as combat deployments and war funding decline, officials said.
The budget provides funding for child care space for more
than 200,000 children, as well as funding for family support centers and morale,
welfare and recreation programs. The budget funds the education of almost 95,000
students at DOD Education Activity schools in 12 countries and almost 35,000
students in seven states, Puerto Rico and Guam.
More than a half billion dollars will go to replacing or
modernizing schools at Fort Benning, Ga.; Fort Knox, Ky.; Hanscom Air Force
Base, Mass.; Fort Bragg, N.C.; New River, N.C.; and Dahlgren, Va. The money also
will replace or modernize five schools in Germany, two in Japan, one in Italy
and one in the United Kingdom.
The more than 600,000 civilians in the DOD work force will
not receive a raise in calendar years 2011 and 2012 as part of the larger
governmentwide freeze on wages. The department intends to hold the civilian work
force at fiscal 2010 levels, though exceptions will be made for the on-going
acquisition work force improvement strategy, officials said.
The budget also seeks increasing opportunities for flexible
work schedules, including teleworking options.
But the focus remains on the current wars. About 48,500
American troops remain in Iraq, and about 98,000 U.S. troops are in Afghanistan,
officials noted, and Afghanistan and Pakistan remain the focal point in the war
on extremist groups such as al-Qaida. Some U.S. and coalition forces are
fighting against extremists while others are training the Afghan security forces
to take on the security mission in the country. Last year, 30,000 more American
troops surged into Afghanistan, and NATO nations and other coalition contributed
These forces have been successful in arresting Taliban and
al-Qaida forces’ momentum and have turned the tide, official said. Now, they
added, the forces are expanding their “security bubbles” and looking for ways to
make the gains permanent.
Most of the $117.8 billion in the overseas contingency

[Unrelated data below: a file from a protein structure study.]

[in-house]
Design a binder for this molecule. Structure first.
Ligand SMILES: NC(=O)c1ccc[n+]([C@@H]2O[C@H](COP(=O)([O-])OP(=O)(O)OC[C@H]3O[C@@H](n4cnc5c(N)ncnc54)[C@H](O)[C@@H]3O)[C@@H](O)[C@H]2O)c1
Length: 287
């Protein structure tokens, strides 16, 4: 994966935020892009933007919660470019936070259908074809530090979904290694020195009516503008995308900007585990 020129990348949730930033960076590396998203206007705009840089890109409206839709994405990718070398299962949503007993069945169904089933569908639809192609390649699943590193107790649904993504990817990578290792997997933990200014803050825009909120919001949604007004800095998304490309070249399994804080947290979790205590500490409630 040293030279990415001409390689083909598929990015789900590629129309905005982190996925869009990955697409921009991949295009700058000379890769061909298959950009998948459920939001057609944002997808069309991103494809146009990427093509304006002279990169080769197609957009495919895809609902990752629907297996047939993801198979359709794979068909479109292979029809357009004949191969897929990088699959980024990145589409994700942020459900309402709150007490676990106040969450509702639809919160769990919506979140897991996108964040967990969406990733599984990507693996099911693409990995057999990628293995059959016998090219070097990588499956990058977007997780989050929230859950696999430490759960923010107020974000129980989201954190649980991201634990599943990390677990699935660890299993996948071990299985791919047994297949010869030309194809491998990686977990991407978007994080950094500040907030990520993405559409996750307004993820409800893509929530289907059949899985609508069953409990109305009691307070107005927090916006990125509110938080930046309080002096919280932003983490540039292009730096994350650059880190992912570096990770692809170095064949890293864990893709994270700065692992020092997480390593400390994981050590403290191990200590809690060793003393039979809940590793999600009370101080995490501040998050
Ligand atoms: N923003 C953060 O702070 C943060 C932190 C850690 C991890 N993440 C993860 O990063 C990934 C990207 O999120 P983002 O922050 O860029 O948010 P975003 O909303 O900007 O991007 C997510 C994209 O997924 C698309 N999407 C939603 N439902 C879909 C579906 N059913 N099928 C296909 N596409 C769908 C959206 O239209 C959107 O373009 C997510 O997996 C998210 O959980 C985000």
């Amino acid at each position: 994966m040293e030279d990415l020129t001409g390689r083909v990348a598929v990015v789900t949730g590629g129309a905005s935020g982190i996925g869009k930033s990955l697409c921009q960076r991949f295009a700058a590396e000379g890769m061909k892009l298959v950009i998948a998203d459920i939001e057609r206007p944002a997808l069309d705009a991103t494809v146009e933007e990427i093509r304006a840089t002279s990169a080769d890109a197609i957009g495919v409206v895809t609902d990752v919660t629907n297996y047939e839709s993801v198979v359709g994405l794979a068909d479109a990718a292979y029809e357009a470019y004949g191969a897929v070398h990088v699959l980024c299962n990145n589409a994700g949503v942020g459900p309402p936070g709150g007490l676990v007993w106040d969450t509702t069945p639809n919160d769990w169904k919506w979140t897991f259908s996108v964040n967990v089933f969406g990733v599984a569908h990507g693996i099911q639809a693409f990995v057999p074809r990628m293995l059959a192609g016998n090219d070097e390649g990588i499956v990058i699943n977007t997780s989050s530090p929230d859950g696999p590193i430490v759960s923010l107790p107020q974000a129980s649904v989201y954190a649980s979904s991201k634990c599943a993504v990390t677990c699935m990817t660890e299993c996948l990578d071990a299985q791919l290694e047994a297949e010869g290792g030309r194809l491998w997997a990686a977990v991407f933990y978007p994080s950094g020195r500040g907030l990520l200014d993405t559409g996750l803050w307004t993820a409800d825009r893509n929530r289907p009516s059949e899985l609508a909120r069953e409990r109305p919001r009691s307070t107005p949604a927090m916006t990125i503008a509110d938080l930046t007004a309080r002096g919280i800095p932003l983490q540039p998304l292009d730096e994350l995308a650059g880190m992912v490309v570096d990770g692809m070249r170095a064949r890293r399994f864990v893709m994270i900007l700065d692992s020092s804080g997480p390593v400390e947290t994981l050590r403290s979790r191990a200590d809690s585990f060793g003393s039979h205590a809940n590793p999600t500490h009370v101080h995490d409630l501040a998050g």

operations fund -- some $67 billion -- goes to operations. Training Afghan
forces consumes the next-largest amount, at $12.8 billion.
The budget invests $2.6 billion into defeating the biggest
killer of American personnel, the improvised explosive device. Another $6
billion goes into military intelligence funding, which includes investments in
intelligence, surveillance and reconnaissance assets.
The budget request calls for three more Global Hawk unmanned
aerial vehicles, 48 more Reaper UAVs, 36 more Gray Eagle UAVs and 12 maritime
UAVs, as well as 12 more MC-12 intelligence, surveillance and reconnaissance
The fiscal 2012 budget request also sets the stage for the
future, putting the defense secretary’s restructuring of the F-35 joint strike
fighter program in concrete. The request puts more money into research and
development for the fifth-generation fighter and defers procurement to the out
years. Still, DOD will receive 32 of the planes in fiscal 2012. The budget
request also puts the vertical-lift version of the aircraft on a two-year
The budget request also provides for:
-- Procurement of 28 more F/A-18E/F fighter aircraft and 12
more EA-18G electronic warfare aircraft;
-- A stabilized ship-building effort, with two Virginia-class
submarines, a DDG-51 destroyer, four littoral combat ships, an LPD-17 amphibious
assault ship and two joint high-speed vessels.
-- Investment of $2 billion in long-range strike capabilities,
most notably through a new Air Force bomber that will be stealthy and nuclear-capable
while giving planners the option of piloting it remotely.
-- $900 million for new air-to-air refueling tankers, and
money for a new family of armored vehicles and a joint light tactical vehicle.
So the department doesn’t shortchange service members of the
future, officials said, the budget request includes 2 percent real growth in
basic research and holds the remainder of the science and technology budget
steady. All told, the science and technology budget is set at $12.2 billion,